This week, the CDC issued a general warning that Romaine lettuce is not safe to eat.
32 people from 11 states have become ill due to this recent outbreak of E. coli.
The Shiga toxin-producing E. coli O157:H7 sickened 32 people between the dates October 8-31, 2018 and caused 13 hospitalizations, one of whom went into kidney failure.
No deaths have been reported.
On Tuesday they issued the following tweet:
Outbreak Alert: Do not eat any romaine lettuce, including whole heads and hearts, chopped, organic and salad mixes with romaine until we learn more. If you don’t know if it’s romaine or can’t confirm the source, don’t eat it. https://go.usa.gov/xPAy5
On their website, the CDC reports the following:
CDC is advising that U.S. consumers not eat any romaine lettuce, and retailers and restaurants not serve or sell any, until we learn more about the outbreak. This investigation is ongoing and the advice will be updated as more information is available.
Symptoms of E. coli poisoning can occur anywhere from 1-10 days after ingestion.
Diarrhea, may be bloody
And if progresses, can cause
Shortness of Breath
Exposure to E. coli may occur from exposure to contaminated foods (from human or animal waste) or undercooked meats.
Well, winter & those pesky cold months are upon us and, just like clockwork, old Mother Nature has decided its time for a nap. Now, if you live in a Northern state, like I do, or you're just concerned about cold weather, you may find yourself asking - is my car ready? Well, here is a short list of things you can (mostly) check yourself to see if you're good to go for a short drive or out for that long road trip to Thanksgiving dinner.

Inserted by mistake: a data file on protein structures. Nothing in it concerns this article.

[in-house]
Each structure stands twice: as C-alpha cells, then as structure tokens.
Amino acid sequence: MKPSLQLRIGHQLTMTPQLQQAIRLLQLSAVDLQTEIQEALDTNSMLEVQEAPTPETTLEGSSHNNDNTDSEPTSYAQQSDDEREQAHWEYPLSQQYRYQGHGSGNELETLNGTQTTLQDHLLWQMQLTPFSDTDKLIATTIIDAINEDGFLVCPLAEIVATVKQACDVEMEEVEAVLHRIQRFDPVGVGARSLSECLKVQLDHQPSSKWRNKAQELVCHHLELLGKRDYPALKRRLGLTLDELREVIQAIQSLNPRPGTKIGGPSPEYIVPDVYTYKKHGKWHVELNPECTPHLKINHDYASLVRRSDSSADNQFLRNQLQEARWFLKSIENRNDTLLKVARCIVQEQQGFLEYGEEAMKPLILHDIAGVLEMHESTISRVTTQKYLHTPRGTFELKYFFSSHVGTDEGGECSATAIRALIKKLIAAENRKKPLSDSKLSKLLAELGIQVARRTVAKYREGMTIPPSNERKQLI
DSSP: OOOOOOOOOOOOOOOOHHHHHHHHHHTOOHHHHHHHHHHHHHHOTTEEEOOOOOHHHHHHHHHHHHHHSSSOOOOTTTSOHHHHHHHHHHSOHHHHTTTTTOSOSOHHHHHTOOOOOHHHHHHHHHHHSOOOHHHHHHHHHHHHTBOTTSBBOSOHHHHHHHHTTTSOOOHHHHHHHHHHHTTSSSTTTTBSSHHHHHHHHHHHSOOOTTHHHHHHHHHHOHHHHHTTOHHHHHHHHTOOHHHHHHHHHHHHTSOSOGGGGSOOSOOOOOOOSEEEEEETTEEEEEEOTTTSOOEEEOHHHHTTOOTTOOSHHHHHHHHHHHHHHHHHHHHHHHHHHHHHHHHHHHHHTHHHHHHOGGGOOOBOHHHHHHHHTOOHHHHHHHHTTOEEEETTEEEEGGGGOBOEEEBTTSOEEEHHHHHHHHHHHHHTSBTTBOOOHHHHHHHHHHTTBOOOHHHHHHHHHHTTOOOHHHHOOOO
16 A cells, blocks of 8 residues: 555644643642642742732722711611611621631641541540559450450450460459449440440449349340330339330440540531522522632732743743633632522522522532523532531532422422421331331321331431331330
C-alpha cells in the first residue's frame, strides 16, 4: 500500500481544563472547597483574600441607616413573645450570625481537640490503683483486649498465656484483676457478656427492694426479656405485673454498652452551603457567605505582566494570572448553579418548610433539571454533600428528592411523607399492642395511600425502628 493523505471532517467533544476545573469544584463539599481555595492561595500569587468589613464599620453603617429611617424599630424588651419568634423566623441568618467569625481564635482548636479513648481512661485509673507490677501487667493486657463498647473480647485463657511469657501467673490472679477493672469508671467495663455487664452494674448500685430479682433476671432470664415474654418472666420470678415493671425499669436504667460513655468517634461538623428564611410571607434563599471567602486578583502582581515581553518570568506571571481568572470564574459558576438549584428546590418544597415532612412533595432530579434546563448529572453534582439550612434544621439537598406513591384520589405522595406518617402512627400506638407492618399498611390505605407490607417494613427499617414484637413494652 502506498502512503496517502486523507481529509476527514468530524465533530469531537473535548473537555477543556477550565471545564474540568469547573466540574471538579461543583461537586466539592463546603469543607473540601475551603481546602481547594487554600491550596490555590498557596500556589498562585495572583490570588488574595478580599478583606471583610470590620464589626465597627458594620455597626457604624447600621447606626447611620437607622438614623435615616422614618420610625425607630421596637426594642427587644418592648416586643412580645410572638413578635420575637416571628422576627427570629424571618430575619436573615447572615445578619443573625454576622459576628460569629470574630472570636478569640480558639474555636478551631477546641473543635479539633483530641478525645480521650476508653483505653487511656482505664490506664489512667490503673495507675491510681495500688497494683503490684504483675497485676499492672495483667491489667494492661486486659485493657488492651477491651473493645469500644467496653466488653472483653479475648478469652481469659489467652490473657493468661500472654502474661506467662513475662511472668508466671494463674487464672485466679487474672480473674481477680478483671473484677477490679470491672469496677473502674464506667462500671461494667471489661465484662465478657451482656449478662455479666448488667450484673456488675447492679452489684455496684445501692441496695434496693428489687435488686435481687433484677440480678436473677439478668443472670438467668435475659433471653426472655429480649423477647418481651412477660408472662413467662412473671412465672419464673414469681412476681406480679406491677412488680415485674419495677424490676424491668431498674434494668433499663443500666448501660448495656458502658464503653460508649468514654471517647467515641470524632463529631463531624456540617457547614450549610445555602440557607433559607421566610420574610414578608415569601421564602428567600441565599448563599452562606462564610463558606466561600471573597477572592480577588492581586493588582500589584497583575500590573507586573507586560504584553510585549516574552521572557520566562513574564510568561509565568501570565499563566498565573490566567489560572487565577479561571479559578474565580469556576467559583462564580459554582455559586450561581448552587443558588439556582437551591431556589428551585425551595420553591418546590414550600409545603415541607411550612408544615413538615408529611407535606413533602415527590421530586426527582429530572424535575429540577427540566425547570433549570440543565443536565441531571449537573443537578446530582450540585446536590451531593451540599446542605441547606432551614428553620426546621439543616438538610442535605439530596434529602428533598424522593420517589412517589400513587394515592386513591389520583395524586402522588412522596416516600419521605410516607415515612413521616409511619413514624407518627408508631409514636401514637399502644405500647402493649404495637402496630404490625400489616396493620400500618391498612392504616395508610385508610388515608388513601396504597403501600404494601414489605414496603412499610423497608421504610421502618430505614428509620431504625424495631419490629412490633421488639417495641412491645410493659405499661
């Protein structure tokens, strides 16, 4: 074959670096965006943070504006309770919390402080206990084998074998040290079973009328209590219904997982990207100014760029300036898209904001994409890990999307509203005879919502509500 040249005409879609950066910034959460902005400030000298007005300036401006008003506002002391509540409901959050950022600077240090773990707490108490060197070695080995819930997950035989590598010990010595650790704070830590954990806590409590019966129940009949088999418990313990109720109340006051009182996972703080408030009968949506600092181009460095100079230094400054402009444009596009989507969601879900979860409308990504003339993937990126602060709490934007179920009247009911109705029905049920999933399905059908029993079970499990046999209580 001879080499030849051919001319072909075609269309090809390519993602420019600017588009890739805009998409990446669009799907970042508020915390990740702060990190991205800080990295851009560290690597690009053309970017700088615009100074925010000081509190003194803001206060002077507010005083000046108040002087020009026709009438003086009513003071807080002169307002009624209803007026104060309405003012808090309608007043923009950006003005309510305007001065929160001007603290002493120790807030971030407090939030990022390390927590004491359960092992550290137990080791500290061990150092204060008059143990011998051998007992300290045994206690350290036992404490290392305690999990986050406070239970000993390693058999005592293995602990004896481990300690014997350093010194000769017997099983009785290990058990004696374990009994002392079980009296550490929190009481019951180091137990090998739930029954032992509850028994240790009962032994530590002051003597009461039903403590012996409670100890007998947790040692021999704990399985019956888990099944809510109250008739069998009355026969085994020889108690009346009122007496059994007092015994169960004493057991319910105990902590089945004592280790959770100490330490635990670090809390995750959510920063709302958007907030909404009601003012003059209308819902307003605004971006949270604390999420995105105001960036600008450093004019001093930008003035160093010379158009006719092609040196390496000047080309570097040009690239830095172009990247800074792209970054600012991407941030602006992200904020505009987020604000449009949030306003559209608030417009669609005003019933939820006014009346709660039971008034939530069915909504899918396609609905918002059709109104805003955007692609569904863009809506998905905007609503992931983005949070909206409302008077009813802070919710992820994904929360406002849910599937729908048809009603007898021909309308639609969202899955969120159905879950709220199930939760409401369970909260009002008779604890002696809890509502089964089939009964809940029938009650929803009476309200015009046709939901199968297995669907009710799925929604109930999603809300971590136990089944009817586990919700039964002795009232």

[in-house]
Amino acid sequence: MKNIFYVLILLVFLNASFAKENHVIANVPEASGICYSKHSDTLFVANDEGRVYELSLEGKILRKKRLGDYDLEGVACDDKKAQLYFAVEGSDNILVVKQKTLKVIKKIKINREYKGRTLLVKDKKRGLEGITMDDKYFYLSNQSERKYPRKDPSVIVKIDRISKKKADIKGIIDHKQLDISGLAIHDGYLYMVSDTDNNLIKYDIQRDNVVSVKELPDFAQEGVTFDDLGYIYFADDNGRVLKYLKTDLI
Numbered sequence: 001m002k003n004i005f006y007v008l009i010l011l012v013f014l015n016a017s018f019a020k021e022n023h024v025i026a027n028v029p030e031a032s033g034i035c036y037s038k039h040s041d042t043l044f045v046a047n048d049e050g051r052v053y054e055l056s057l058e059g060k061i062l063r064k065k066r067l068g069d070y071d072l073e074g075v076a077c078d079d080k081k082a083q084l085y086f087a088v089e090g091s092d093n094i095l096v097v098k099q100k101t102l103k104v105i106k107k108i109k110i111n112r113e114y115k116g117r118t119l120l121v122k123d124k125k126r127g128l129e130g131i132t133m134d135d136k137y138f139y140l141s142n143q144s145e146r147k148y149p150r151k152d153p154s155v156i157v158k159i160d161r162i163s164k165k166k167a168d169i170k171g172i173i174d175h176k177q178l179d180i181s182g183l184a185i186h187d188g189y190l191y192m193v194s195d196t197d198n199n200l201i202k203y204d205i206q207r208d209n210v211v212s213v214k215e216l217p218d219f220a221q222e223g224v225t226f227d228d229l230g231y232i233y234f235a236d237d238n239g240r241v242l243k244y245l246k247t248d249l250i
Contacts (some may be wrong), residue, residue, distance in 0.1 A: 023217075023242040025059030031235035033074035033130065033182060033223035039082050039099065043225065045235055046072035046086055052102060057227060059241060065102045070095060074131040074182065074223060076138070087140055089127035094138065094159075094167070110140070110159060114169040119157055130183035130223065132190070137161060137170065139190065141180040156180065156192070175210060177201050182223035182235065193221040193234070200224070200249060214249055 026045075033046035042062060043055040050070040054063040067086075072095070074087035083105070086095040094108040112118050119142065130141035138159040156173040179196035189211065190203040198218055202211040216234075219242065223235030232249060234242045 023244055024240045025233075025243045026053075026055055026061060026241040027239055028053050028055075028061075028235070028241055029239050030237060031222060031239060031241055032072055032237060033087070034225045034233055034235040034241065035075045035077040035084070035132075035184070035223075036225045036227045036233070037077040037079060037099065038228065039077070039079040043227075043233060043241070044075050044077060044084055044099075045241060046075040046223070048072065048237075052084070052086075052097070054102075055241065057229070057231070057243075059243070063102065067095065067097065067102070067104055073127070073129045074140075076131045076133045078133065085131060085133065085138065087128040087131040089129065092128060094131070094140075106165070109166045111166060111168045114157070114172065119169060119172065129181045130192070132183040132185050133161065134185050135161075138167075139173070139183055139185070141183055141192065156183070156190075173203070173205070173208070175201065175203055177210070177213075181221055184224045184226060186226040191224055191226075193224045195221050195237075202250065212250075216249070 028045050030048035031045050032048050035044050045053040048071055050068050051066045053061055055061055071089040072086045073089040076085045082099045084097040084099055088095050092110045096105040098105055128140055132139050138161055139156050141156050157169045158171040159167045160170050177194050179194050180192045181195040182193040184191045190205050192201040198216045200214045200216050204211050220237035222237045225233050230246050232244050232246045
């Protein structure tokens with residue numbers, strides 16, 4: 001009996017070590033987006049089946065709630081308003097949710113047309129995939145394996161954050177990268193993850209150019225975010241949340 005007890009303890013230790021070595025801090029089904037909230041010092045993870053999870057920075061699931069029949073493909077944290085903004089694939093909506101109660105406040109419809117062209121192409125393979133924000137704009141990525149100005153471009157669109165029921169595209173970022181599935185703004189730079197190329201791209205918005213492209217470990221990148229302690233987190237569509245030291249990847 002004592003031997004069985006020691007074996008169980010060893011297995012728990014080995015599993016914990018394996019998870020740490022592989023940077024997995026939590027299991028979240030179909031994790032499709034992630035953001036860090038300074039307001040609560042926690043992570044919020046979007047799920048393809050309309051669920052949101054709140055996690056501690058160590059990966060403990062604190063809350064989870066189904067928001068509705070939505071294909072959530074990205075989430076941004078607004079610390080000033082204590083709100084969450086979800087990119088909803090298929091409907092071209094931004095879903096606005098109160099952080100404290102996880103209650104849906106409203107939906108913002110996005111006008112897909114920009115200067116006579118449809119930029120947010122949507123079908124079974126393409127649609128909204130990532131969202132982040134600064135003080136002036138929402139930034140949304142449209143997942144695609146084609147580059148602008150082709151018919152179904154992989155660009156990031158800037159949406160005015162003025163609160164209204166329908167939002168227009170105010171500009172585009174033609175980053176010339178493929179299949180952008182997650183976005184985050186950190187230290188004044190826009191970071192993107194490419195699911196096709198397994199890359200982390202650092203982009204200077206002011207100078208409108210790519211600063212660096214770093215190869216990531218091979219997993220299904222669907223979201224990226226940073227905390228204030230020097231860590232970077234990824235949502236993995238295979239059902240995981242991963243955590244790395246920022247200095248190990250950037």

Just check these five things:
First: Check your oil level. Make sure you check the level with the engine both cold and warm. Look online or refer to your owner’s manual for additional assistance.
Second: Make sure your coolant (antifreeze) is the correct mixture, that the level is full and that the overflow area is filled to the line. You never want to open the filler cap when the engine is hot so make sure you check it when the engine is cold. Personally, I prefer to check with the engine running but you don't have to if you don't want to. If you do not have the correct tool to gauge the freezing or boiling point of your antifreeze, you can buy a tester for approx. $15 at any Walmart or an auto parts store. For convenience, most oil change shops or even a Tires Plus, offer this service.
Third: Make sure all four tires are filled with air to the correct point. Check to see that they all have good tread depth, that no cords (wires) are showing and that there are no bald spots. No one wants to blow a tire in the cold, worst of all change a tire on the side of the road in the cold. Good tread depth will help you keep control on cold surfaces in the rain, snow & slush.
Fourth: Make sure your battery is in good condition. This might mean the difference between a safe quick trip to your destination and standing alongside the road out in the cold, holding a pair of jumper cables.
Places like Batteries Plus can check your battery condition, free of charge.
Finally: Check your transmission fluid. Fill it up and make sure that the old fluid does not smell like a burnt pile of garbage. If it does, take it in for a flush and change. Remember that not all cars have a dipstick to check the transmission fluid so you may have to go to Jiffy Lube or Tires Plus. Keep in mind, some of these places charge for this service, so make sure to ask for a winter package or a group rate and you might get a discount.
And that's it! Five quick tips as the title promised. But, that means its time for me to sign off and get back to my day job.
Safe travels, and keep it on all four tires!